Wednesday, November 26, 2008

ALAN Breakfast speaker, Sharon Creech and her CODA character

The last few weeks have been increasingly hectic with the end of the semester approaching. I arrived home late Sunday night and didn't have time to post anything about the wonderful time I had at the ALAN Breakfast at the NCTE Convention in San Antonio, Texas.
Laurie Halse Anderson, (pictured left) author of Speak, was presented with the 2008 ALAN Award. She was absolutely hysterical making fun of some of the required reading that was forced to read in school. She mentioned The Scarlet Letter and made a horrible face. Following her award, the ALAN breakfast speaker, Sharon Creech (pictured right) delivered her inspiring message about reaching students like a young Laurie Halse Anderson. Creech is the best-selling author of the Newbery Medal winner Walk Two Moons, and the Newbery Honor Book The Wanderer. She is also the first American in history to be awarded the CILIP Carnegie Medal for Ruby Holler. During the breakfast, she spoke about her book, Love That Dog. The first time I read Love That Dog I cried... the story is that good. Creech's recent book, Hate That Cat: A Novel, picks up another year of Jack's life with teacher Miss Stretchberry. The exciting thing is... and it was a shocker for me during her presentation... Creech gives us more information about main character Jack's life. Readers even discover that Jack is a CODA- his mother is Deaf and uses sign language to communicate! Can you imagine how excited I was sitting at the ALAN Breakfast and finding out about a Deaf Character being added to her recent novel?!? I love how life is full of surprises. Jack's mother is a minor character but still....

Hate That Cat: A Novel by Sharon Creech
Reading level: Ages 9-12
Hardcover: 160 pages
Publisher: Joanna Cotler (September 23, 2008)
ISBN-10: 0061430927

Wednesday, November 12, 2008

Need another reason to join ALAN? Try FREE books!!!

Joan Kaywell just sent a reminder that the ALAN WORKSHOP in SAN ANTONIO is right around the corner. Read an excerpt from her email below. Even if you can't make it to this year's meeting, you may want to consider joining. The application is attached below in SlideShare.

You won’t want to miss the annual ALAN Workshop, occurring on November 24-25 in San Antonio, TX. There is still room available but now you’ll have to register on site. The cost of the two-day workshop is practically nothing when one considers that you receive a year’s membership and a free box of books! Seeing and hearing the authors’ presentations is worth it even if there were no freebies. But for those registered, here’s a little information about the packet of books that you will be receiving as a registrant for the ALAN workshop:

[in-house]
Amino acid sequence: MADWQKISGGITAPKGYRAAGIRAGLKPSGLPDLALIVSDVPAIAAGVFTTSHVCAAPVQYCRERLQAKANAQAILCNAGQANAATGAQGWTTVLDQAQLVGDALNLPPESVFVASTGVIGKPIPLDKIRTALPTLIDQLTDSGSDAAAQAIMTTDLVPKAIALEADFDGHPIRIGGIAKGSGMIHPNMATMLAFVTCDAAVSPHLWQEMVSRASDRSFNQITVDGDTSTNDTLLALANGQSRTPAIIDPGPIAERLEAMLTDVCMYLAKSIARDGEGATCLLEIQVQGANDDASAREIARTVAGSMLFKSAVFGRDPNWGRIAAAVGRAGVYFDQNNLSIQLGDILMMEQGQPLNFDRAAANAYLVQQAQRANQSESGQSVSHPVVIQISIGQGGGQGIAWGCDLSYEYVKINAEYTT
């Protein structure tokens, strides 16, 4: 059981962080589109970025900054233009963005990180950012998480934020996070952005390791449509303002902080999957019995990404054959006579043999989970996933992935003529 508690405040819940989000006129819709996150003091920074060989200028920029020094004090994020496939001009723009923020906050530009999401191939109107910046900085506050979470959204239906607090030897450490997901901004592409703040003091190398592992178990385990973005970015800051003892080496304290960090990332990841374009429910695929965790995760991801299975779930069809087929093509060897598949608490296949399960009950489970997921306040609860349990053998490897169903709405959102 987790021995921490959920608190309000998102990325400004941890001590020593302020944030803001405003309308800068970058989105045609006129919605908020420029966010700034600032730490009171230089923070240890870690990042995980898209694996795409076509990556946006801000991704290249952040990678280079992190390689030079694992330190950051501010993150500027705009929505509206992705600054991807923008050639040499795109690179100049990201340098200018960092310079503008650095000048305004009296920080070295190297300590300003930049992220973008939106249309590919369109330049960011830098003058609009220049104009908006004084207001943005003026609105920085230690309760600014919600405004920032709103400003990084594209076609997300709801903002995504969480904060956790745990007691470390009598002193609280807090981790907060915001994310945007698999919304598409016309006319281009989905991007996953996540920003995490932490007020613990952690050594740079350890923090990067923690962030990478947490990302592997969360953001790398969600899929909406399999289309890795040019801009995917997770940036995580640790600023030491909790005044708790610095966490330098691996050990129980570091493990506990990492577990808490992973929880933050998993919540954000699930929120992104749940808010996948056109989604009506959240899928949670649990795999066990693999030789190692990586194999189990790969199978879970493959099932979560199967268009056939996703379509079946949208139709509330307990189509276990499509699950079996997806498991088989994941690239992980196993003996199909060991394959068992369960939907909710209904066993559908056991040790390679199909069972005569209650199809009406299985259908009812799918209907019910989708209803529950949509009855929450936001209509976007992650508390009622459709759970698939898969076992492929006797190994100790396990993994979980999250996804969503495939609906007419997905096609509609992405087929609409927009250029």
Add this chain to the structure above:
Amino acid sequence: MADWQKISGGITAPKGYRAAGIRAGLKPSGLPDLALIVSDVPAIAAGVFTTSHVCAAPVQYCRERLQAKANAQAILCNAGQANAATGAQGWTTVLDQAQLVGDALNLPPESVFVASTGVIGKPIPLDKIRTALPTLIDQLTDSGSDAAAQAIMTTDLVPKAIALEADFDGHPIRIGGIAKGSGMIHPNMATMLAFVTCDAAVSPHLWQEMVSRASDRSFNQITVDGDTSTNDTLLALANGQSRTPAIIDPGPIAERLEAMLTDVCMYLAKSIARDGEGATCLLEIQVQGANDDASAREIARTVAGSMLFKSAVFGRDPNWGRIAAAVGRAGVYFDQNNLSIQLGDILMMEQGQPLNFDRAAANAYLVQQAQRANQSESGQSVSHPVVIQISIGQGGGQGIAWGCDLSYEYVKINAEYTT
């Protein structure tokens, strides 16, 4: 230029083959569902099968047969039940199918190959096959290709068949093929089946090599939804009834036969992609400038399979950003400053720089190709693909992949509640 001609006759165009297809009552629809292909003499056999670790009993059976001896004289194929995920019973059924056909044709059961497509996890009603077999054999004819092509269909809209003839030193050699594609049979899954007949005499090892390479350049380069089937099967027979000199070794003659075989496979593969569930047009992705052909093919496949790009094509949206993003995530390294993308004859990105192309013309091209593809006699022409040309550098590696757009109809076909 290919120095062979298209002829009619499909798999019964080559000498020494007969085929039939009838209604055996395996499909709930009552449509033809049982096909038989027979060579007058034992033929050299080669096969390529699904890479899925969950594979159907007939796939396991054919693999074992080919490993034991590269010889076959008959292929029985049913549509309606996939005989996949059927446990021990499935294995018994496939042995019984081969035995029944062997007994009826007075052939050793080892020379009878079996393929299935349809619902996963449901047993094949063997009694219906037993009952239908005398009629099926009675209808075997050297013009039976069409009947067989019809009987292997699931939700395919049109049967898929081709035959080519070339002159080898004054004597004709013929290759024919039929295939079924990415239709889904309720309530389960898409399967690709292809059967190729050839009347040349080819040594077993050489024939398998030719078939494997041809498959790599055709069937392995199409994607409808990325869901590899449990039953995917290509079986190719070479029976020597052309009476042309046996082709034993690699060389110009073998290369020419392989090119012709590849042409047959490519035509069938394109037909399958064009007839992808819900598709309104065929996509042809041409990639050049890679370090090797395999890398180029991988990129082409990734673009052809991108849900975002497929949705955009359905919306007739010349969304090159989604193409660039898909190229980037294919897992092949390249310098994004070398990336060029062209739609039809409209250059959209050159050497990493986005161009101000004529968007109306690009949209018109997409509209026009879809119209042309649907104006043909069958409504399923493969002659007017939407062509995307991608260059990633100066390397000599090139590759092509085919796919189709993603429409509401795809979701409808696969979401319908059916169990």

This package will be a box (16” x 16” x 12”) that will weigh approximately 30-35 lbs.

Alan Membership Form

View SlideShare document or Upload your own.

YouTube Video- Rally Caps

RALLY CAPS - A fun baseball story

Saturday, November 01, 2008

Adolescent Literature & the Presidential Elections

The closer we come to Election Day, the more talk there is in the media about the Presidential Elections. Everywhere I go people are discussing the candidates and talking about change. I believe that voting is not only our right as citizens but our responsibility. This week I encourage you to try to include adolescents in your discussions. They don't necessarily need to know every detail about the economy, health care, and the war but they do need to be involved in the importance of elections.

Why not introduce your favorite adolescents to Megan McDonald's Changes for Julie (American Girls Collection) (2007).

The main character Julie is sent to detention for passing a note to Deaf Character Joy, a new student who has trouble understanding what their teacher is saying. When Julie is sent to detention for passing the note, she is determined to change the rules for detention and the system itself. Julie runs for Student Body President while Joy runs for Student Body Vice President.

This book offers an uncanny parallel to our U.S. elections. The characters discuss their principles and concerns for electing someone who is a little "different" (the student body has never had a Deaf girl who "talks a little funny" and uses Sign Language as their VP before).
Want to know more about the author? Visit one of my earlier posts with an interview with Megan McDonald.